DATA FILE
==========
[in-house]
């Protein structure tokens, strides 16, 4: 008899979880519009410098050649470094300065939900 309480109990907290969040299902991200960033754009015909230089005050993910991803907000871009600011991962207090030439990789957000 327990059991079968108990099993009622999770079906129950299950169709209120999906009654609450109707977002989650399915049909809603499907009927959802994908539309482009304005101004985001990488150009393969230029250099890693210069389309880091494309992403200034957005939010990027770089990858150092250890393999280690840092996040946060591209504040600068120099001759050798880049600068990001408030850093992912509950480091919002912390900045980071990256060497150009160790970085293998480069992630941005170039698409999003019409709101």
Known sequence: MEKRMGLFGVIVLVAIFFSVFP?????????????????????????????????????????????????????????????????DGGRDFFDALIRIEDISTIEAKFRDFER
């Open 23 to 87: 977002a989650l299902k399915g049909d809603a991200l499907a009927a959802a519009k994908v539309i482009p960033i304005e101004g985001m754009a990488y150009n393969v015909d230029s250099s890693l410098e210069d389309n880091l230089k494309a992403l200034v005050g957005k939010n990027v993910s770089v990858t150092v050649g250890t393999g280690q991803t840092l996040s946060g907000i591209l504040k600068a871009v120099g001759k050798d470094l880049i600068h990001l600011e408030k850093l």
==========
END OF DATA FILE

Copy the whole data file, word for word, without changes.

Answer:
[in-house]
């Protein structure tokens, strides 16, 4: 008899979880519009410098050649470094300065939900 309480109990907290969040299902991200960033754009015909230089005050993910991803907000871009600011991962207090030439990789957000 327990059991079968108990099993009622999770079906129950299950169709209120999906009654609450109707977002989650399915049909809603499907009927959802994908539309482009304005101004985001990488150009393969230029250099890693210069389309880091494309992403200034957005939010990027770089990858150092250890393999280690840092996040946060591209504040600068120099001759050798880049600068990001408030850093992912509950480091919002912390900045980071990256060497150009160790970085293998480069992630941005170039698409999003019409709101």
Known sequence: MEKRMGLFGVIVLVAIFFSVFP?????????????????????????????????????????????????????????????????DGGRDFFDALIRIEDISTIEAKFRDFER
């Open 23 to 87: 977002a989650l299902k399915g049909d809603a991200l499907a009927a959802a519009k994908v539309i482009p960033i304005e101004g985001m754009a990488y150009n393969v015909d230029s250099s890693l410098e210069d389309n880091l230089k494309a992403l200034v005050g957005k939010n990027v993910s770089v990858t150092v050649g250890t393999g280690q991803t840092l996040s946060g907000i591209l504040k600068a871009v120099g001759k050798d470094l880049i600068h990001l600011e408030k850093l």